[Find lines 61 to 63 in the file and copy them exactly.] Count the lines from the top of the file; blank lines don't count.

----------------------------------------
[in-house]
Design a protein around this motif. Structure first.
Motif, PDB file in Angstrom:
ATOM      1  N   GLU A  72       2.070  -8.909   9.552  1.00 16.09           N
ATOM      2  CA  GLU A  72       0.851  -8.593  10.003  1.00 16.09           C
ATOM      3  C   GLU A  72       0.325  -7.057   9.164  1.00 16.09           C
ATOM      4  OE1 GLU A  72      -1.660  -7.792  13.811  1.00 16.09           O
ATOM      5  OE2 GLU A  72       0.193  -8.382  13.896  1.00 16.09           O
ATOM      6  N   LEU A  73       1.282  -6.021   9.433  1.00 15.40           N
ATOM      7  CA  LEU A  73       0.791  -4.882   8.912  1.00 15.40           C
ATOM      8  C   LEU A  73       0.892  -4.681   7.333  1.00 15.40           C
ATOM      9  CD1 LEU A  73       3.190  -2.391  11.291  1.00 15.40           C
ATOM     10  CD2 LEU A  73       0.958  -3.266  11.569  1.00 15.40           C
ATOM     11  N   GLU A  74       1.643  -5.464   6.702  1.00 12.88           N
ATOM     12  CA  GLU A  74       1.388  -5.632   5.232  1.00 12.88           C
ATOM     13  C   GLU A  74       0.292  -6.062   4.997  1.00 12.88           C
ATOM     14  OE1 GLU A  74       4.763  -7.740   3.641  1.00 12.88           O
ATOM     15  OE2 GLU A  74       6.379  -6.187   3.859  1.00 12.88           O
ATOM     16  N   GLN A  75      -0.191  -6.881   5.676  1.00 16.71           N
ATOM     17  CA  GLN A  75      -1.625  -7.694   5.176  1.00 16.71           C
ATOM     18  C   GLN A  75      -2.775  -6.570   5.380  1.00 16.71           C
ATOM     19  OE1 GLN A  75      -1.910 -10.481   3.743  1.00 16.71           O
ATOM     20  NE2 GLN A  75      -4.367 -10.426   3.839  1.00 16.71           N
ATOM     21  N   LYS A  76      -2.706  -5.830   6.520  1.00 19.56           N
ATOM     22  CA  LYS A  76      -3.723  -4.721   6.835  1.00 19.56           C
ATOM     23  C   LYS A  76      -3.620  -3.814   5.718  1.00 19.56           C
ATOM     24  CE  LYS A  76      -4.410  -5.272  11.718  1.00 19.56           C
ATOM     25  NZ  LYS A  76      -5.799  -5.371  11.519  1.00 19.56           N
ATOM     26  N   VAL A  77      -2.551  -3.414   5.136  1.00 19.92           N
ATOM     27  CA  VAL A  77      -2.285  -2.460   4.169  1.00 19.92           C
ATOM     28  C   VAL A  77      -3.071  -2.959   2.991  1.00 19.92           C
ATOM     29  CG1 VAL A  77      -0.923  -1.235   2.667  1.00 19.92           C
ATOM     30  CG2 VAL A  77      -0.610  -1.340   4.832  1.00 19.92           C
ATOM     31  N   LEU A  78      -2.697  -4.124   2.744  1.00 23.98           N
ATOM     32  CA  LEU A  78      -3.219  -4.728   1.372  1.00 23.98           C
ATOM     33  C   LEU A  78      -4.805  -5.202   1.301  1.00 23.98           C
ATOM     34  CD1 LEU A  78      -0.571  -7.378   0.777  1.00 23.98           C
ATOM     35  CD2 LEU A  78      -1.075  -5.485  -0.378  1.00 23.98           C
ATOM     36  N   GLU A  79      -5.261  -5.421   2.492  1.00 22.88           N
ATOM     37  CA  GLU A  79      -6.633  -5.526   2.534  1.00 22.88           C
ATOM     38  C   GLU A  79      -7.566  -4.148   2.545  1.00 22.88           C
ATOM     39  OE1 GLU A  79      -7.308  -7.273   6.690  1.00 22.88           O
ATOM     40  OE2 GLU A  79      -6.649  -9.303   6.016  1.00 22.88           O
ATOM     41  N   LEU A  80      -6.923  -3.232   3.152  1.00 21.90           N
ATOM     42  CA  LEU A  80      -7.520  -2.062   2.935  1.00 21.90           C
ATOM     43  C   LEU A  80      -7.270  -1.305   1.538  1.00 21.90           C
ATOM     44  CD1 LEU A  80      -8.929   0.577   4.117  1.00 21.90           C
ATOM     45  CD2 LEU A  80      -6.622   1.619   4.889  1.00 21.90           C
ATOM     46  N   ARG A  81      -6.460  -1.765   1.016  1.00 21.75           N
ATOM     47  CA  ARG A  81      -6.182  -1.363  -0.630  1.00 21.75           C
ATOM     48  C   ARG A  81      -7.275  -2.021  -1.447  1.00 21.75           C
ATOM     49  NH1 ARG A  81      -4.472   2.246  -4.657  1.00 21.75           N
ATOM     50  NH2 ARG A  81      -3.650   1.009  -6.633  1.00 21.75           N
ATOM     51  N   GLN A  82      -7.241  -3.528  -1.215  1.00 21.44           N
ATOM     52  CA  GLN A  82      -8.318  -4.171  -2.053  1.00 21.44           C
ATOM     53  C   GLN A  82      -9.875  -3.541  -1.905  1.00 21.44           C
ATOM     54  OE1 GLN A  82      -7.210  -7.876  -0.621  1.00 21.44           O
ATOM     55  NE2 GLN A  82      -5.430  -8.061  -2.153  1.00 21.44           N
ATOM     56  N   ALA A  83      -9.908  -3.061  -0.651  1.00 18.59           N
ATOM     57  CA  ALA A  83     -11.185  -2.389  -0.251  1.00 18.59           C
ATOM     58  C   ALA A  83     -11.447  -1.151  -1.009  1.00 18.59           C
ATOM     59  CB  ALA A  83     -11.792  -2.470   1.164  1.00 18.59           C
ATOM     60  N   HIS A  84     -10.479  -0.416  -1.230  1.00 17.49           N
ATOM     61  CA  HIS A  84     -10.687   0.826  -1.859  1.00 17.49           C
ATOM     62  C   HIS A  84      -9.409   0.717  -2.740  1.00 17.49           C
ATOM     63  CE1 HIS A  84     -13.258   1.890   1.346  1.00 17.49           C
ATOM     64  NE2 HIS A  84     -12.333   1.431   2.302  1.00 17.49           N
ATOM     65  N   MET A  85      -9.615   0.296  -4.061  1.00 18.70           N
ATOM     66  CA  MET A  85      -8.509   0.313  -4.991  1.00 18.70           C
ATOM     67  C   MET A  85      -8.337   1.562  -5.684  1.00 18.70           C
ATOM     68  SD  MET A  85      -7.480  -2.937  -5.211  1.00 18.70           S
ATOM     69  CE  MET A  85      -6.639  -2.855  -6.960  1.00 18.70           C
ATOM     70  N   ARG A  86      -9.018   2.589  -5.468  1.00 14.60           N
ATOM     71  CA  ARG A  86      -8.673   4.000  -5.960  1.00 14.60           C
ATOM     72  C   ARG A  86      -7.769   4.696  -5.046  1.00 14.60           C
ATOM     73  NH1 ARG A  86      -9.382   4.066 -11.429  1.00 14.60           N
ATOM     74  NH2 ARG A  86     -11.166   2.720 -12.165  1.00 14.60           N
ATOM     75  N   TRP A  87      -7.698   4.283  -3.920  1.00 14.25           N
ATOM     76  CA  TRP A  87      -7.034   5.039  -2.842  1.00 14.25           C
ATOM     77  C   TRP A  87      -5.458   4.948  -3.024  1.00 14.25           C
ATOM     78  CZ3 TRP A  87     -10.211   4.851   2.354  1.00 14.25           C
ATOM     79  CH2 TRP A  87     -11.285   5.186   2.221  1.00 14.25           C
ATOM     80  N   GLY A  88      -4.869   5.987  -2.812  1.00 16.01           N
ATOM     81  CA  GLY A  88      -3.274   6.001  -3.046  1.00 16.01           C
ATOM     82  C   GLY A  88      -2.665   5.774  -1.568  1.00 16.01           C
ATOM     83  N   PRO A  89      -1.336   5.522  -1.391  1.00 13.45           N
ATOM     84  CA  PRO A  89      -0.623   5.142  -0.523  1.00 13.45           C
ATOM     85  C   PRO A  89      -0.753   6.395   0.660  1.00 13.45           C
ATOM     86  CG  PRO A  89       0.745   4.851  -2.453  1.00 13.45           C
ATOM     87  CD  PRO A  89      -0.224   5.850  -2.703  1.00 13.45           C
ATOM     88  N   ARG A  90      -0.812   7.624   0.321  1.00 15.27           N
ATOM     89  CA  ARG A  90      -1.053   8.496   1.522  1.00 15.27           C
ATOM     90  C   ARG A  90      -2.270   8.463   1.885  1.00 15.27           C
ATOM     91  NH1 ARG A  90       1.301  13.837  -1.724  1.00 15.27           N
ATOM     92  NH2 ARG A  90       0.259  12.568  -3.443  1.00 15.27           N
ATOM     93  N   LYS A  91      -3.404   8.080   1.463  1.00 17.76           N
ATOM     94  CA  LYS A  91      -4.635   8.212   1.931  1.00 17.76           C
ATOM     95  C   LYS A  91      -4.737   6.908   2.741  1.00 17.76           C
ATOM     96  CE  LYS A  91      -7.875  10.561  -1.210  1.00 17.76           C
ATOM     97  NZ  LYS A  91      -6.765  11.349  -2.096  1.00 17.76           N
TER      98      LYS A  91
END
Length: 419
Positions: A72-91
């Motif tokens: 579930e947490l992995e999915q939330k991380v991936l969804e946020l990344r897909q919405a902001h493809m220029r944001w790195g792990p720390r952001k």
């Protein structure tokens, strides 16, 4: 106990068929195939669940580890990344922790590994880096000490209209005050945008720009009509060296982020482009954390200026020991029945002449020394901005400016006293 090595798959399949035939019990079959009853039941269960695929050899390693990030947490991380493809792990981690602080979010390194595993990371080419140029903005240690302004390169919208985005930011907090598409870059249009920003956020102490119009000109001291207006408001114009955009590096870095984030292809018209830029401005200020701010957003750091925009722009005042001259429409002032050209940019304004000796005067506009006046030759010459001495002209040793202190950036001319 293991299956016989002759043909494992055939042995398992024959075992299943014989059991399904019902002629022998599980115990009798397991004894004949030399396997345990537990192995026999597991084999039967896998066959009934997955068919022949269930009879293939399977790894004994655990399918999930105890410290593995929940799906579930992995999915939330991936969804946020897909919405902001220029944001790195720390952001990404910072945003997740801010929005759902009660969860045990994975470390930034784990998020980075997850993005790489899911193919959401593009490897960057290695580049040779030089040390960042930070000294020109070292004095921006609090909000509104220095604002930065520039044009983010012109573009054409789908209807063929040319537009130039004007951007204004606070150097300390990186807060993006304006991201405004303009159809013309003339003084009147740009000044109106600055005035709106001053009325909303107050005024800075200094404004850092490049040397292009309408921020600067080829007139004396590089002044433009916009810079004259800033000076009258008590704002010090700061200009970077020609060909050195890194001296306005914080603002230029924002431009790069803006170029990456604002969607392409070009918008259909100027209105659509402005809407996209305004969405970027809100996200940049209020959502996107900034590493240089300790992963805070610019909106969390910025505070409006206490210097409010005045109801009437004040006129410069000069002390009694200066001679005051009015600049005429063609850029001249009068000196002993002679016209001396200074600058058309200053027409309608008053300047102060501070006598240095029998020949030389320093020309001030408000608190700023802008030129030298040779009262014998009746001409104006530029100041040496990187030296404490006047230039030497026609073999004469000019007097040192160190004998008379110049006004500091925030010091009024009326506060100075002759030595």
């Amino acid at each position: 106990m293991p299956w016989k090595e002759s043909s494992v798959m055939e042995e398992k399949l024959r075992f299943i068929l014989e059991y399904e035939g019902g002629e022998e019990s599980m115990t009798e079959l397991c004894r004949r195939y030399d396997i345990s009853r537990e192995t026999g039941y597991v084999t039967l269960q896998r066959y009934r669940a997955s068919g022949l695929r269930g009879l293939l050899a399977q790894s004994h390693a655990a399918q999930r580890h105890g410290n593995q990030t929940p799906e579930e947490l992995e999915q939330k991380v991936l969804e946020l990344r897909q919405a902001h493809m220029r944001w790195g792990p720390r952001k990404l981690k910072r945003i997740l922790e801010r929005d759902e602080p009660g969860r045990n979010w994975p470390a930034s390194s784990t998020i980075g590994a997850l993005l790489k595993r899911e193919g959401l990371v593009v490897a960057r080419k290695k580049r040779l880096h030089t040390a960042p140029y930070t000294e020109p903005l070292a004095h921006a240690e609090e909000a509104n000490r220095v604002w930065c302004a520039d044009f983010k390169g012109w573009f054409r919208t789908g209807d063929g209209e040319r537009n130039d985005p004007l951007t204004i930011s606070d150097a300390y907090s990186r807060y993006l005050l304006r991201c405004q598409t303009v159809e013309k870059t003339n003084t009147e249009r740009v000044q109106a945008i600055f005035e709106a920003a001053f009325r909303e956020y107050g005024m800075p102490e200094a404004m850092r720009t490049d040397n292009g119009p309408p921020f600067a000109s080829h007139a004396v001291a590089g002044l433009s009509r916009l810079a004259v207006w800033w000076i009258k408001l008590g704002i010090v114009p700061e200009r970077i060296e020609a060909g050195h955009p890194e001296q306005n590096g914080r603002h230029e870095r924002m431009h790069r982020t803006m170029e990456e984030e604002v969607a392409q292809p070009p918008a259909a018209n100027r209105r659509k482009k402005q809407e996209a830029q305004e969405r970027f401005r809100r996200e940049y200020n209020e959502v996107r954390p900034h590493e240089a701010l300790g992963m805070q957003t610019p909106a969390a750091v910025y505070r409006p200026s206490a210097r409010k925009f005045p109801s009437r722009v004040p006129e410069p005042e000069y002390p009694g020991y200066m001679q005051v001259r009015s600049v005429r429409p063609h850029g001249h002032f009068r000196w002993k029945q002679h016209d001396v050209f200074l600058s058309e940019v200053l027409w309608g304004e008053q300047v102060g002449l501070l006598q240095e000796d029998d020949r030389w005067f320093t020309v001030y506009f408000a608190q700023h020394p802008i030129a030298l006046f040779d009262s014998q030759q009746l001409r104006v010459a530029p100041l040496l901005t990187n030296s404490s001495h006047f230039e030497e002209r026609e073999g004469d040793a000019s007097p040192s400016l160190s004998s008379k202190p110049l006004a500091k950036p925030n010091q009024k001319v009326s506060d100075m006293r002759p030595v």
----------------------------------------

ATOM     58  C   ALA A  83     -11.447  -1.151  -1.009  1.00 18.59           C
ATOM     59  CB  ALA A  83     -11.792  -2.470   1.164  1.00 18.59           C
ATOM     60  N   HIS A  84     -10.479  -0.416  -1.230  1.00 17.49           N